I've seen both sides in the form of spectacular displays of turbine-engined models on one hand, and a drone not a hundred feet removed from the Airbus I was flying on the other ~ and at an altitude of around eight thousand feet.

What I witnessed at the AGM today from its online host was the convergence of rules once only applied to airline operators increasingly being applied to everyone else with anything that leaves the ground in any shape or form.

It has been suggested that some time in the near future we shall all be monitored at every point in our lives, finally bringing to life the scenario imagined by Orwell as occurring by 1984.

What is increasingly apparent is that in a world of drone-delivery and three-dimensional taxis, that remit will be extended to every form of flying robot out there, which is what all aircraft will be once humans are removed from the equation (except as passengers).

With their social links and those between 'man-and-machine' I feel radio-control modellers may be going the way of the dinosaurs.

Friday, November 13, 2020

Gone Fly?

Gents,

https://www.herox.com/GoFly/update/3594


This arrived Thursday but I didn’t get around to reviewing prior today.


In brief, what GoFly are saying is “First to send us a video of yourselves flying around for 20 minutes in a vehicle that fits in a 2.60 metre bubble ~ and if we observe same on a given date ~ then the $million’s yours.’


This leaves us looking like Macmillan on the day Hitler told him they’d built a Luftwaffe and he was on the end of it…


And having read eVTOL news this week ~ site currently crashed coincidentally or not ~  Dragonair seem good to go.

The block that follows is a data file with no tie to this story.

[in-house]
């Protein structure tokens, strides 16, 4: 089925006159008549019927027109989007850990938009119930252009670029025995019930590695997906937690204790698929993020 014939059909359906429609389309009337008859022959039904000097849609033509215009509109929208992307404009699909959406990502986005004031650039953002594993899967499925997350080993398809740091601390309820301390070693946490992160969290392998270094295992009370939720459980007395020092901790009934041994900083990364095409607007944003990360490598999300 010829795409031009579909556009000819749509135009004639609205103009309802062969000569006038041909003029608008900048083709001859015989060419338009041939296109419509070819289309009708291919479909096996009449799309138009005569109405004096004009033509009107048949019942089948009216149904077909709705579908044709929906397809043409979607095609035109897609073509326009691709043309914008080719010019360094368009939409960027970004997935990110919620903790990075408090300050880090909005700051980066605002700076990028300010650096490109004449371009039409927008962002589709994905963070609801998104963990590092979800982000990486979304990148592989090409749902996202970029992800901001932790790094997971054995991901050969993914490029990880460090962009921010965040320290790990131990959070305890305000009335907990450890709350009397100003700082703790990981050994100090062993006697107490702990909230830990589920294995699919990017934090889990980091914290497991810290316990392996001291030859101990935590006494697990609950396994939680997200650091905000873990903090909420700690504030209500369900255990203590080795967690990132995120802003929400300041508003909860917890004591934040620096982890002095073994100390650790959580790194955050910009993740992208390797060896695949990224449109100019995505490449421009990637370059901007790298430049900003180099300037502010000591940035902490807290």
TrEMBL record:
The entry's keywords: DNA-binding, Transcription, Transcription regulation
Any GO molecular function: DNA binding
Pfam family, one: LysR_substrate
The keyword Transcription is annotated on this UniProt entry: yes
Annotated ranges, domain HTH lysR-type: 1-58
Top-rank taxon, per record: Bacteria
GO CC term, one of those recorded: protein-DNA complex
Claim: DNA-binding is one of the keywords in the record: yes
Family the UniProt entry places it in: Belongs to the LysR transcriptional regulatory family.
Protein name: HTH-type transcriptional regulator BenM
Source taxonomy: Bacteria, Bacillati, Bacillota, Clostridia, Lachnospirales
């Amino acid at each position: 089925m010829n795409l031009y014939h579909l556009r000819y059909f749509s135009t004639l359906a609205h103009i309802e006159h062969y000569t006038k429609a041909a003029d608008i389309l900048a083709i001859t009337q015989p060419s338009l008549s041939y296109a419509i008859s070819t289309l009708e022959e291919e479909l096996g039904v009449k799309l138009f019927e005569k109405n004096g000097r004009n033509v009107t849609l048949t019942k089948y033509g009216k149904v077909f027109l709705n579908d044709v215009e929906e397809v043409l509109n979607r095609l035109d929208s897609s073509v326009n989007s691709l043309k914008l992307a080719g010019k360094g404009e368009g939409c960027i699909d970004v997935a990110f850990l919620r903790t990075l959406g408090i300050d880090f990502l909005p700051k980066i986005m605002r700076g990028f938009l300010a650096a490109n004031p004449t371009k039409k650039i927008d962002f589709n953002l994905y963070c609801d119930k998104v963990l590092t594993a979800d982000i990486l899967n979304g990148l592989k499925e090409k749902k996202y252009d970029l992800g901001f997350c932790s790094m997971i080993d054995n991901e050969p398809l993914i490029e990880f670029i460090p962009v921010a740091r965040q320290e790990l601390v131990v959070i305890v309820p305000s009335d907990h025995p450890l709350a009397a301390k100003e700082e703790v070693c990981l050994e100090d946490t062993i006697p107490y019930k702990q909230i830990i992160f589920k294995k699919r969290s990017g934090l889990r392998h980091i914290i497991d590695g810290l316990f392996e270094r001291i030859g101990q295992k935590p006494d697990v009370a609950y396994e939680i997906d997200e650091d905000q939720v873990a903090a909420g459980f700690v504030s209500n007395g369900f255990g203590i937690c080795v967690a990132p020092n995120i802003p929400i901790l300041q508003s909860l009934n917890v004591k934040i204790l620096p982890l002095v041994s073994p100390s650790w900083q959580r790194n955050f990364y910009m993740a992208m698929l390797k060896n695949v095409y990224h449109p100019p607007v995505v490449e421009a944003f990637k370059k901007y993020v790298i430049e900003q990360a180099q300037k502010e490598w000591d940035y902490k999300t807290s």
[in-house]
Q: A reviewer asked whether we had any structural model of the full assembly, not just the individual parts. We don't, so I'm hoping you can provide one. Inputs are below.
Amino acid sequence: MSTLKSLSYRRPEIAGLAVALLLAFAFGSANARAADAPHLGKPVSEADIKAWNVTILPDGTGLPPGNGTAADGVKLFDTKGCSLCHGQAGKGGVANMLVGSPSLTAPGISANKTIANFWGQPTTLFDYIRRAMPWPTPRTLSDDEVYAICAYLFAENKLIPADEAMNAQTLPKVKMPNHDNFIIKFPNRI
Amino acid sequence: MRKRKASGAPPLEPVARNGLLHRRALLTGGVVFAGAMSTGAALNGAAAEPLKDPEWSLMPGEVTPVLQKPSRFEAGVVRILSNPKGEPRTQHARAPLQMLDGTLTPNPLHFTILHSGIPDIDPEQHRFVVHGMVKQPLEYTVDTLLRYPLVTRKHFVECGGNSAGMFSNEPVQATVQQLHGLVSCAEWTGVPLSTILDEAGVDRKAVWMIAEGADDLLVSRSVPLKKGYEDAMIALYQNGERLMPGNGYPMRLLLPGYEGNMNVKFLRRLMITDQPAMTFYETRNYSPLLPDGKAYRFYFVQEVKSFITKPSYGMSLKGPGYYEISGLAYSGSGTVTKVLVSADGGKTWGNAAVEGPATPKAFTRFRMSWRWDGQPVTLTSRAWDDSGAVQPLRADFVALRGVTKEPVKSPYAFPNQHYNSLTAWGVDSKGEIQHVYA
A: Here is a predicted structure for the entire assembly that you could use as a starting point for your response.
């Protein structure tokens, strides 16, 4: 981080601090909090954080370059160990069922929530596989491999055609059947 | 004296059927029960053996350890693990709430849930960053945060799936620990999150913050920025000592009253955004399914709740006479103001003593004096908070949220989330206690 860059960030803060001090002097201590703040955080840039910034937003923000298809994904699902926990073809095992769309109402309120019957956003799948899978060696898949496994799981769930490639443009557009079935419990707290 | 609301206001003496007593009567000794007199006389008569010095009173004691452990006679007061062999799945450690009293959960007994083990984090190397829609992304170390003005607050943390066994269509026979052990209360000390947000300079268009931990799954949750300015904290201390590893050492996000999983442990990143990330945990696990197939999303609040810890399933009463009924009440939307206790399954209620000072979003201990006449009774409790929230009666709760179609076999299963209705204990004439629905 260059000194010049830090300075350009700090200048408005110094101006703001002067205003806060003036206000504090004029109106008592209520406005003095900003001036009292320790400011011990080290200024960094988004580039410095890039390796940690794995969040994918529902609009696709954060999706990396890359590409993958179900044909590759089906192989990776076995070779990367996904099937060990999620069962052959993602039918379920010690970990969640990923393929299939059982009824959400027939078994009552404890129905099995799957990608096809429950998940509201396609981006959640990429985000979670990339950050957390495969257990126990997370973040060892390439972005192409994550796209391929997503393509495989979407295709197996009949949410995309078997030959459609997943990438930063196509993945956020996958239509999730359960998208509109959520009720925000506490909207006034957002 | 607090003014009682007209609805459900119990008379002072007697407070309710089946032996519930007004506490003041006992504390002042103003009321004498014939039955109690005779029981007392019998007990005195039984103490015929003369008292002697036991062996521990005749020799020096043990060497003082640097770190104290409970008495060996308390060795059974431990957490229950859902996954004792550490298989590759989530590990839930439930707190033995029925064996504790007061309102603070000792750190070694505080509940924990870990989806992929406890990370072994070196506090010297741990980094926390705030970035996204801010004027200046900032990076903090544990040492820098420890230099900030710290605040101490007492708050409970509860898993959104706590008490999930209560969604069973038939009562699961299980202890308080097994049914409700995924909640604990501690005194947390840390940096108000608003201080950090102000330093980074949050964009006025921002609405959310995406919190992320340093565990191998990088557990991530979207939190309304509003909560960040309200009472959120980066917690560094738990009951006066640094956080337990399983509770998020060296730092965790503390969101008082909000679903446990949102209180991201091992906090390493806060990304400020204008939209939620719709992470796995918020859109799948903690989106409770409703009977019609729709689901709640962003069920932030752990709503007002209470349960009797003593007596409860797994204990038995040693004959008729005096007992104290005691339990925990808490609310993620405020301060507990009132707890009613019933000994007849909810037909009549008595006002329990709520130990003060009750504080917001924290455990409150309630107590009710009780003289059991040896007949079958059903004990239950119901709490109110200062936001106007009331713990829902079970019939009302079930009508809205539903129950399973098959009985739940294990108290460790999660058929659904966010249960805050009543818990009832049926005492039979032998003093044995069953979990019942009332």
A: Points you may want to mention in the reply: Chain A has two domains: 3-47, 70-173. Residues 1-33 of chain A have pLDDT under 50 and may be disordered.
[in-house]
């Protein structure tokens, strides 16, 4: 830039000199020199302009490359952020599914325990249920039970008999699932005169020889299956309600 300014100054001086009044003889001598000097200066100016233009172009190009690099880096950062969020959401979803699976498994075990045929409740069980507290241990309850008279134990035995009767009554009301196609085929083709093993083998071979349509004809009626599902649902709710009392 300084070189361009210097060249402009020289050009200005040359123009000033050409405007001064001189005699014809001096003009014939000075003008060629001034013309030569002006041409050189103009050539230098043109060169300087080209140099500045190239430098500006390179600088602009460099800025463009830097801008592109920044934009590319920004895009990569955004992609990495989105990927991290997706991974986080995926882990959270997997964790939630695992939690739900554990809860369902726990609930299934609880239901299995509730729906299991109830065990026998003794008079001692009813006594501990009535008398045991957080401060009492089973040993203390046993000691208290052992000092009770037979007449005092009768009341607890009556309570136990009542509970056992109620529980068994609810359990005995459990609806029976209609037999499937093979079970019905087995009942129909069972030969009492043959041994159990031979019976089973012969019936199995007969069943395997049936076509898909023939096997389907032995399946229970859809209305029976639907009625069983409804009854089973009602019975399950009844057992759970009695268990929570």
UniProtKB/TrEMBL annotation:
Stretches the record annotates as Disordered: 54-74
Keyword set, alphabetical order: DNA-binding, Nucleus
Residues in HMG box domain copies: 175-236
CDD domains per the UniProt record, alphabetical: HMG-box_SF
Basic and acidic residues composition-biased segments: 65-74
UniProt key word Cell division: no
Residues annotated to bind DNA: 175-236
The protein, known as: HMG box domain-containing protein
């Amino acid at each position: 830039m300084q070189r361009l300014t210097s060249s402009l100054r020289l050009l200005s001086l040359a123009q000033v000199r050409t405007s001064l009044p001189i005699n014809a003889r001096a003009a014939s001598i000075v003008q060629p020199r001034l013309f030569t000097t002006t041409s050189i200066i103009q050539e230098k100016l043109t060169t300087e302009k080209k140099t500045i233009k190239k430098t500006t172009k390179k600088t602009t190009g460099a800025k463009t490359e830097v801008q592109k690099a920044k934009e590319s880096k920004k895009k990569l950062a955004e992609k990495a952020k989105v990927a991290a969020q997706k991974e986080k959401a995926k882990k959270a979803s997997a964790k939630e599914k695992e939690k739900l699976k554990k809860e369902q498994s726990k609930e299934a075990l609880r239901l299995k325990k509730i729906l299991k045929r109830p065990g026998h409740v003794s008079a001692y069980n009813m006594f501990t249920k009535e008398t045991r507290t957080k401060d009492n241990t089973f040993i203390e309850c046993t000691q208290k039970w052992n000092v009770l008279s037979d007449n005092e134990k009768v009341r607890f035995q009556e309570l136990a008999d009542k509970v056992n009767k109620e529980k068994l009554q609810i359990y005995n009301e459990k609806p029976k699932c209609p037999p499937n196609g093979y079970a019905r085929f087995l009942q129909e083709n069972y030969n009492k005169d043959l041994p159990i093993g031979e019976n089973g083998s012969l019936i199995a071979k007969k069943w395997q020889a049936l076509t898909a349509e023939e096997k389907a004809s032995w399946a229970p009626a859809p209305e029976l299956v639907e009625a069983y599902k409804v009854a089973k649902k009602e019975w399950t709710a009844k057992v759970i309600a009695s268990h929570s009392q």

Reasons being:


(a) they’ve Part 103 approval from the FAA and are free to fly any time


(b) we’ve no equivalent and a CAA deemed unsuited to purpose by the AAIB


(c) …who allow NO radio-control tests beside a snail-paced Experimental category


(d) the weather in Florida is ideal for flying, and shit as ever in the north of England


(e) they’ve a do-able drive to wherever GoFly decide the observation will take place


(f) we’ve the Atlantic to cross


(g) they’ve the required batteries


(h) we don’t and the extra weight would require a motor upgrade to those they use.


None of which is to begrudge their efforts, as I’ve always considered Dragonair a front-runner since seeing the footage, the team and the prototype in action.


Whether it’s a vehicle for everyone however is a moot point ~ Mariah being the only one to take to it like a duck to water, having taught people to fly water-jet packs.


Am also aware that luck is what happens when preparation meets opportunity!


My immediate question would be (and I’ve copied in GoFly) whether the observation would take place in the US, which would likely be the final nail in our coffin.


Having said all that, it’s been a blast, the build experience has steered us toward saleable product, and of course the organiser (herself) retains an interest in the company.


Great shame not to be able to meet up with them all again though, so as ever it's about appreciating whatever each day brings… and with sincere thanks for your support.


Colin S. Hilton

Teledrone Ltd.


In response to new GoFly rules that are like standing at a trackside, firing a gun and declaring the race on no matter how far they've all got... I've placed my bets already on Team Dragonair!

Thursday, November 12, 2020

(Well) Grounded?


Stepping away from the vehicle from time to time does wonders, and in the wake of the abortive field-test of the TELEDRONE on the eve of lockdown I repair to Istanbul to lick my wounds.